TL:DR answer: It’s not the tech’s fault. Get these five things right first or the tech has no chance to help you.
A few weeks ago I had the honor of participating in a roundtable discussion hosted by Jonathan Farrington centered on the role, impact and importance of technology in driving successful sales. It was as spirited conversation, with a definitive negative lean towards technology in general.
It wasn’t surprising. Sales influencers often tend towards one or another end of a polarizing spectrum. Some say tech is the answer and near-replacement of traditional sales. Others say tech is a distraction at best and a deterrent at worst, and that traditional selling best practices are all that you need.
I believe the answer (not surprisingly) isn’t quite as simple and is somewhere in the middle. In other words, technology without solid sales fundamentals ain’t gonna get you very far. And if you pretend to ignore the impact technology can have on your business, your competitors will take advantage and widen their market edge.
The wider the gap, the harder it will be to catch up.
Unfortunately this debate tends to focus on the technology itself. But I don’t know any technology, in any industry or category, that runs itself. If your sales technology investment is failing, you may be missing one or more of these critical requirements to short and long-term success.
No Executive Commitment
Your c-suite probably doesn’t want to be involved in your sales technology selection process. But there should be a high-level understanding and commitment to providing the sales organization with tools, processes and best practices that help make them both more efficient and more effective.
Simply “making more calls” isn’t going to have the force-multiplier on your success that consistently-applied best practices (including tools and processes) can have. Unfortunately, budgets can be fleeting. And if you treat sales process improvement as a campaign instead of a culture change, if the company’s commitment to arming the sales organization with everything they need to succeed hinges on your next earnings call, there’s no way any initiative will have the room and oxygen to succeed.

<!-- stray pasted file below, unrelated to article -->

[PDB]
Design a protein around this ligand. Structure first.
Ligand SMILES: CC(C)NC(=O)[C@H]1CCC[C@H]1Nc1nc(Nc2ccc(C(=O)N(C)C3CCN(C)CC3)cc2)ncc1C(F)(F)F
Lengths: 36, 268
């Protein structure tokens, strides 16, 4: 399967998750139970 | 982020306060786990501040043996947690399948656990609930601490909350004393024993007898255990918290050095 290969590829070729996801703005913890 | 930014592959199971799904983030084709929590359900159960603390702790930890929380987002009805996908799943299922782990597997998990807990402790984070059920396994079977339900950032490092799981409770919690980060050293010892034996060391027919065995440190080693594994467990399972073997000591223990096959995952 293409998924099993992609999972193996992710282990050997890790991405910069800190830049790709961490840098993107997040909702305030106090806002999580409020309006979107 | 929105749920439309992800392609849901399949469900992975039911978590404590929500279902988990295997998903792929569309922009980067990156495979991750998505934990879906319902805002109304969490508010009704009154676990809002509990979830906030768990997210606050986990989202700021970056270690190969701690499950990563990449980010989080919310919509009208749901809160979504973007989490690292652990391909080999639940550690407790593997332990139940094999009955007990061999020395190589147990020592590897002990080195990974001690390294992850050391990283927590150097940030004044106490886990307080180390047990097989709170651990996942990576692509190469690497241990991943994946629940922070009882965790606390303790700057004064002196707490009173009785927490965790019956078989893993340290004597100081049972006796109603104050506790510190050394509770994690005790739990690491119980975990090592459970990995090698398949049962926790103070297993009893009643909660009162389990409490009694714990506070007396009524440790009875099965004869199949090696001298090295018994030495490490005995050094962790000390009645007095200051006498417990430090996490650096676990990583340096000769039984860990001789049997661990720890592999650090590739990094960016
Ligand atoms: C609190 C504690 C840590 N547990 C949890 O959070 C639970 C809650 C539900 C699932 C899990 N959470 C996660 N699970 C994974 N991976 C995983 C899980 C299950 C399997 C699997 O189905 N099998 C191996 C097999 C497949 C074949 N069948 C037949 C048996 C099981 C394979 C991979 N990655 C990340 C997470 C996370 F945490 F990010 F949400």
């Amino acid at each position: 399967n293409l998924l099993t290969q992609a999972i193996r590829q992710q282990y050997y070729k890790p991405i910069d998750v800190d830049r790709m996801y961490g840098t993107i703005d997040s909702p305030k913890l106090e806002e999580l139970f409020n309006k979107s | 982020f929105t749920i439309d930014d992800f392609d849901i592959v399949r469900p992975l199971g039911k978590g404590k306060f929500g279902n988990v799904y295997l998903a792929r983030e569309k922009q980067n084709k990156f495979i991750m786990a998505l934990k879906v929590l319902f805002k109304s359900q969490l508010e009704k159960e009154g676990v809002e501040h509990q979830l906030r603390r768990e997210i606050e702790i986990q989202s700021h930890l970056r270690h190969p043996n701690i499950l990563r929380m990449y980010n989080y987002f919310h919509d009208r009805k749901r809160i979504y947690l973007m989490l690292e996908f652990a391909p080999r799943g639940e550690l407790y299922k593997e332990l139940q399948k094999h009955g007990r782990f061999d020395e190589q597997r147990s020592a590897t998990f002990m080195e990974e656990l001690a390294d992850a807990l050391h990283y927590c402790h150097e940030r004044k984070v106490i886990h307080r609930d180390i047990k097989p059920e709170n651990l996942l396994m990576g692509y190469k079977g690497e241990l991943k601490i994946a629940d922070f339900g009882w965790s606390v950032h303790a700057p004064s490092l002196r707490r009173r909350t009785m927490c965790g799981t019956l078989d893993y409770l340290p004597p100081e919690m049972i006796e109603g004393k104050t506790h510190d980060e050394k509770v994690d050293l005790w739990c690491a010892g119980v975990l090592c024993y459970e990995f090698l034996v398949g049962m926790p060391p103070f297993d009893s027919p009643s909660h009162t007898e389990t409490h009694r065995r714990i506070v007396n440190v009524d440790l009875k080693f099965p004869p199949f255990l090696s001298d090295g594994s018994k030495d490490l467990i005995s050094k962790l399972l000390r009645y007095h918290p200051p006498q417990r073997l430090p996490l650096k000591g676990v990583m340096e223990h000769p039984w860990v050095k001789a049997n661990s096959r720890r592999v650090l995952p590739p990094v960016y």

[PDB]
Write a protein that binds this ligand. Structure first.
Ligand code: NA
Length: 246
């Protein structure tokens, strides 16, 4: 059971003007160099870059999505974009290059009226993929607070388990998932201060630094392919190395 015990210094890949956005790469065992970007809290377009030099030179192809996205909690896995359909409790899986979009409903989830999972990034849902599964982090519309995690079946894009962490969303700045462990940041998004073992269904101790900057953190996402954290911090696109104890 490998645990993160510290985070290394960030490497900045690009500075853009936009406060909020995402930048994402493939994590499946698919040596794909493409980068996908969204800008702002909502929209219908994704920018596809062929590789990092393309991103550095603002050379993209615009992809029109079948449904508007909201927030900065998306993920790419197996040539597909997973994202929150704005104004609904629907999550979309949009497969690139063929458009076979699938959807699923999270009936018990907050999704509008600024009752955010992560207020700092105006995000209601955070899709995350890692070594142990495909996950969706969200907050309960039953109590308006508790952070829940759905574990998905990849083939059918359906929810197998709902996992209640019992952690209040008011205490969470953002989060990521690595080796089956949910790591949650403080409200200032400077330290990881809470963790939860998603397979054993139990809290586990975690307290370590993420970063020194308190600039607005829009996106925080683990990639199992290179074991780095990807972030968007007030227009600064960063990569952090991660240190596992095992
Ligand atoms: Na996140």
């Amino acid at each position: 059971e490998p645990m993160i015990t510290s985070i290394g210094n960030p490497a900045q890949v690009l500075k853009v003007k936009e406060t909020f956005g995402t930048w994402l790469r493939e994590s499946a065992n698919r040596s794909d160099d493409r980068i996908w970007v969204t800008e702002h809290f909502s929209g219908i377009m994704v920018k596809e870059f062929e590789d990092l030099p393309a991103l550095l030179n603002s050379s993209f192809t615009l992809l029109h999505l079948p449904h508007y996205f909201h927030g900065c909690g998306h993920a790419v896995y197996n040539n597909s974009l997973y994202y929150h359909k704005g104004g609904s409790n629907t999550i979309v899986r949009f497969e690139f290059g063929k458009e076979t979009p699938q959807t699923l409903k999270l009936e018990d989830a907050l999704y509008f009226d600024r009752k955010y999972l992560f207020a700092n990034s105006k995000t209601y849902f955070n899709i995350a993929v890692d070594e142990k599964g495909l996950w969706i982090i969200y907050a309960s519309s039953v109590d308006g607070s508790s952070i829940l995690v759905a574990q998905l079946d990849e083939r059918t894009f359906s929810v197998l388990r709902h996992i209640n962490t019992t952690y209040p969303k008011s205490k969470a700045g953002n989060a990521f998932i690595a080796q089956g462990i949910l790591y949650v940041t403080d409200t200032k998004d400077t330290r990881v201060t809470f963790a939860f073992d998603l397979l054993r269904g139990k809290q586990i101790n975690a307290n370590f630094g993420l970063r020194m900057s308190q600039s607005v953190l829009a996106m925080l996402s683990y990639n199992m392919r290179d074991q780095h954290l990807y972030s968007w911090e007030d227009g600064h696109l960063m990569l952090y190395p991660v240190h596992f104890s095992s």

I mentioned in the section above that “making more calls” isn’t the answer to any question. One of the reasons this is true is that a phone call is simply an empty vessel. Calling more prospects with no message, no offer, nothing that will get your prospect to actually give you some attention, is a huge waste of time for everyone.
Similarly, with any sales tool, answering “why” you need it is more important than “what” it does. Your strategy needs to be tool-agnostic, meaning it’s about the need and outcome – not how big of a booth the tech vendor has at the next show.
Just because everybody else has it, doesn’t mean you need it. Strategy first, technology second.
No Training and Integration
Many companies treat sales and marketing technology tools like my six year old treats toys. Gotta have it, gotta have it, gotta have it. Then two days after unwrapping that gift under the tree, they’re onto something else.
High-potential tools have zero changes of delivering impact if your team doesn’t know how to use it. If they don’t understand how to integrate it into their routine, their processes and systems to repeatably create successful outcomes.
I’ve also seen companies buy new technology and fail to invest the time and resources to integrate them with existing systems. If your sales team us constantly flipping back and forth between browser windows desperately trying to use tools that don’t speak to each other, that effort to create productivity across the sales force is likely backfiring.
No Investment in Optimization and Support
There are no successful “set it and forget it” tools out there. Even if you successfully and effectively launch and integrate a new high-potential sales tool, adjustments will need to be made over time.
If your sales operations team is busy buying the next shiny object, it could be that last month’s shiny object has already been kicked to the curb.
Think about how you used CRM five years ago. Now assume you were using it exactly the same way today. Sounds silly right? So how would failing to improve leverage of your other sales technology tools be any different?
No Sales Skills To Begin With
This is the point I believe many sales technology naysayers are really making, and I completely agree with them. If you don’t know how to sell, tools aren’t going to make you better. If you don’t have something of value for your customers, tools aren’t going to fix that.
If you can’t articulate why a prospect should give you the time of day, automated emails aren’t gonna make that happen. And if you can’t master the fundamentals and discipline of doing the daily hard work it takes to build, manage and convert a pipeline of business – don’t expect a machine to do it all for you.
In summary, I’m a huge proponent of the raw potential that sales technology can have on any selling organization. Just make sure you invest in the fundamentals before, during and after its implementation to maximize that potential.